In the 1930s, the Karaganda labor camp was formed on the one hand from representatives of former political parties - kulaks and the rich and on the other hand from workers and peasants who were at fault.
Karlag emerged as a small state, which became one of the major branches of the GULAG (State Administration of Prison Camps) and was almost an independent agency in the vast territory of Kazakhstan.
The main direction of the labor camps was the massive use of free prisoners' labor and the implementation of the Stalin program of building socialism.
The Karaganda labor camp was organized on December 19, 1931; the center of the camp was located in the village of Dolinka, 45 km from the city of Karaganda.
Karlag was given 120,000 hectares of arable land, 41,000 hectares of hayfields. The length of the territory of the Karlag from north to south is 300 km and from east to west 200 km.
In addition, outside this territory there were two branches: Akmola branch which located 350 km from the camp, and Balkhash branch, located 650 km from the camp.
One of the main goals of the Karlag organization was the creation of a large food base for the rapidly developing coal and metallurgical industry of Central Kazakhstan: Karaganda coal basin, Dzhezkazgan and Balkhash copper smelters. In addition, the creation and development of these industries required labor power.
There are ideas that Karlag was organized from scratch, that is, in the uninhabited hungry steppe of Central Kazakhstan. This is fundamentally not true.
There were 4,000 Kazakh yurts with a population of 80,000 people and 1200 households of the German, Russian, and Ukrainian population in the huge territory of the camp.
After the forced eviction of the local population, empty territories were occupied by numerous columns of prisoners. They spread throughout the camp: they built a railroad, barracks for prisoners, cattle barns, barracks for paramilitary guards, and housing for commanders. The administration of Karlag was subordinate only to the GULAG of the OGPU (NKVD) in Moscow. The republican and regional Party and Soviet bodies practically did not have influence on the activities of the camp. In fact, it was the state in the state. It had real power, tools, vehicles, and contained mail and telegraph.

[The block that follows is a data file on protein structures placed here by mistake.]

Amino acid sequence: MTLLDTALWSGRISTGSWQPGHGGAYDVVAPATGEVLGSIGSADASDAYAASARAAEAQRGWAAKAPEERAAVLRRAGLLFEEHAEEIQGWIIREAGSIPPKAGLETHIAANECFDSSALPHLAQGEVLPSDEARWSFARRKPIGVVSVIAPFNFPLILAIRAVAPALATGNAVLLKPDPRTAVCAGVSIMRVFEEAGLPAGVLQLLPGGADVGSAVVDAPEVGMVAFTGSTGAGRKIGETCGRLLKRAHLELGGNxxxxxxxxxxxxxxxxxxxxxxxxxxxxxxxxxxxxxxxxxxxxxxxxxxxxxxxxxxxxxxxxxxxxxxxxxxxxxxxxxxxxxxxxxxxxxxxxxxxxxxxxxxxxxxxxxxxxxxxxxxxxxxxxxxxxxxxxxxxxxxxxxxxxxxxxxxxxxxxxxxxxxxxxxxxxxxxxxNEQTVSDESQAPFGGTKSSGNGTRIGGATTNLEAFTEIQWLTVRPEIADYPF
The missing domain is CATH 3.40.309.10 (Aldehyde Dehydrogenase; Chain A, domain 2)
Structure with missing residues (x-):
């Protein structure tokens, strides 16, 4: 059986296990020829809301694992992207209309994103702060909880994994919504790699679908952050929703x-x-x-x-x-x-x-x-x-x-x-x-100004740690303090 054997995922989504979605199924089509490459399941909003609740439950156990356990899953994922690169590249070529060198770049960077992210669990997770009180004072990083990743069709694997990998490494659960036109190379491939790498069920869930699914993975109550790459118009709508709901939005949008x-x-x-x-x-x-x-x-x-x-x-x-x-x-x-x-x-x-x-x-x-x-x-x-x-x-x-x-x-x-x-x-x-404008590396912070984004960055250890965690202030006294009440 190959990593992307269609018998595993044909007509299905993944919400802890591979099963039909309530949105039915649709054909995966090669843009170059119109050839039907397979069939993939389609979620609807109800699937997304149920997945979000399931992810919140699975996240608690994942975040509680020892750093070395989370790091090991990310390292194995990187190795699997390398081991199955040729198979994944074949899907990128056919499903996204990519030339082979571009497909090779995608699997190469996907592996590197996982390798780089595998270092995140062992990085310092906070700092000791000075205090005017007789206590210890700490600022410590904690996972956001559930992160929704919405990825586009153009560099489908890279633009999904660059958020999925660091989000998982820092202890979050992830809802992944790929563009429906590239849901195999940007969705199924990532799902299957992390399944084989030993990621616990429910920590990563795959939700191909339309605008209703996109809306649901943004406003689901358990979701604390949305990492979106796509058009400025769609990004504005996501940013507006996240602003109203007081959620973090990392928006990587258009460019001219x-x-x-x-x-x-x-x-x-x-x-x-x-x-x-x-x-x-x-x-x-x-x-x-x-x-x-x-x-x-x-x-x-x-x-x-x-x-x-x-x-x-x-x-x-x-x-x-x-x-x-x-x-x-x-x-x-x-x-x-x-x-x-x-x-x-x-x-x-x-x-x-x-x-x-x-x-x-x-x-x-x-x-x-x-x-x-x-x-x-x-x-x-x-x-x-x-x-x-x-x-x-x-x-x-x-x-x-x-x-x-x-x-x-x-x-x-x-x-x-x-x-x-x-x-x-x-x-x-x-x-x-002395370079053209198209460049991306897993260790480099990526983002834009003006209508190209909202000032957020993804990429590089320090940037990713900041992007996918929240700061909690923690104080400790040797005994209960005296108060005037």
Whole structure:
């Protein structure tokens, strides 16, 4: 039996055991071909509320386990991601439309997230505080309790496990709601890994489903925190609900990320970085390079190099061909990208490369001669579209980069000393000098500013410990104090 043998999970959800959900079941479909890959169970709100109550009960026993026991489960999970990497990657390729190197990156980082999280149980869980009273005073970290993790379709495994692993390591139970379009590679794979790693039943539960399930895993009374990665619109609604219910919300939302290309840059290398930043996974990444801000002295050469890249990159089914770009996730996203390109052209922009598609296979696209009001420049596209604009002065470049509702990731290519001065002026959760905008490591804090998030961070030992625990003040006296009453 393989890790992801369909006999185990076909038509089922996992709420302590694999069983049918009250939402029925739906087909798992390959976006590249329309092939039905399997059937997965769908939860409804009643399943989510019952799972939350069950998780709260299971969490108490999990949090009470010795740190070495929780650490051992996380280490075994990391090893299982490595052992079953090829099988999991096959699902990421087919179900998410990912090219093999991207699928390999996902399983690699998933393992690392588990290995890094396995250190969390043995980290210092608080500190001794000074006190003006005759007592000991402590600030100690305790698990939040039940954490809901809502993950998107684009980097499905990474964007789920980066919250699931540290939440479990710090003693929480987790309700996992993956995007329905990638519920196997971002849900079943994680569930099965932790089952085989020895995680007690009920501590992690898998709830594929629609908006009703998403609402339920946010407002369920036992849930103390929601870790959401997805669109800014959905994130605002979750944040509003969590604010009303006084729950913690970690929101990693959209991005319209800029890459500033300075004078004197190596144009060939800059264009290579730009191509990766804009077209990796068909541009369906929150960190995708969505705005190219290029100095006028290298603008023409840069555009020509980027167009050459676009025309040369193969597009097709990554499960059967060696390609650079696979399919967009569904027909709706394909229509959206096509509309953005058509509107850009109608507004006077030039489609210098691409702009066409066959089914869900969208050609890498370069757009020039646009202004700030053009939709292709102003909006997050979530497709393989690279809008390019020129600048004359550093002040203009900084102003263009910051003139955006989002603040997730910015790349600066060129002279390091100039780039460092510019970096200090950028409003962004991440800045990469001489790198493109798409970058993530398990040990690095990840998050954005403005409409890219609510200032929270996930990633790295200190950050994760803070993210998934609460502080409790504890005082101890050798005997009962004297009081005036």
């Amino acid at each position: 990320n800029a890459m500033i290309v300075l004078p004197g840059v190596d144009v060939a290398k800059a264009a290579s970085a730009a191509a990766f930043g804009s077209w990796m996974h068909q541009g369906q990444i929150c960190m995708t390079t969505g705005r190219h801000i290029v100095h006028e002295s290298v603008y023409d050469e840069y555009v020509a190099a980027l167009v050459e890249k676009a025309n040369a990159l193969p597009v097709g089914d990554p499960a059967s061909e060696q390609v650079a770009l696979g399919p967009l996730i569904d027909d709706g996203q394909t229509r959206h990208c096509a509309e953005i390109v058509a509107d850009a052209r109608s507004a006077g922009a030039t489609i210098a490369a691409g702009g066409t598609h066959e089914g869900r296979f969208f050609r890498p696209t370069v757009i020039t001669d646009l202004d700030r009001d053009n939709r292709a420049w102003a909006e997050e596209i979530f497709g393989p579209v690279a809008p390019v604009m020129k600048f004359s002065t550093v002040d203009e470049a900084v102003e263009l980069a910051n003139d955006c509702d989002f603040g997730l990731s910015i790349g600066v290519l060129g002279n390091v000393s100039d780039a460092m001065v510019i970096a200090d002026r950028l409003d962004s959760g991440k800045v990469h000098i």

The structure of the Karlag was rather cumbersome and had numerous departments. High profitability (cheap labor, minimum cost of funds, low depreciation costs) contributed to the expansion of production.
The whole Dolinka was surrounded by barbed wire. Entry to the territory was carried out through special passes. Inside the camp, division went on to two more zones. In the corners of each were watchtowers. Prisoners were located throughout the Karlag.
Over the entire period of the existence of the Karlag, it was visited by more than 1 million prisoners.
The regime of the camps of the Gulag was designed to completely suppress and destroy a person. It was necessary to make a weak-willed, crushed, helpless slave who mechanically ate thin broth, slept on plank bed and worked hard.
The intolerable tragic conditions of prisoners' lives are evidenced by the memories of former prisoners, published on pages of periodicals, as well as documents of archival funds.
To reform the consciousness of prisoners in Karlag, political and educational work was carried out. This involved a whole range of educational measures - from improved nutrition to the "supreme measure of social protection" - shooting, socialist competition, campaign work was well placed, etc.
A huge contribution was made by the prisoners of Karlag to the country's military economy during the Great Patriotic War. In Karlag, the largest scientists were serving time, who later laid the foundations of scientific research work in the establishments and educational institutions of Karaganda.
Paradoxically, this does not sound, but it was Karlag, where hundreds of scientists and artists of the Soviet country and abroad were languishing, became the primary focus of Karaganda culture. They left a unique cultural heritage, created in the extreme, tragic circumstances of life.
By the early 1950s, Karlag consisted of more than two hundred camp units and points, mostly for agricultural purposes. Gradually, Karlag becomes an ordinary camp for criminals.
Before its liquidation in 1959, there was no one left of the "political" and the common name "Karlagovets" became a synonym for an inveterate criminal.
Translated by Raushan MAKHMETZHANOVA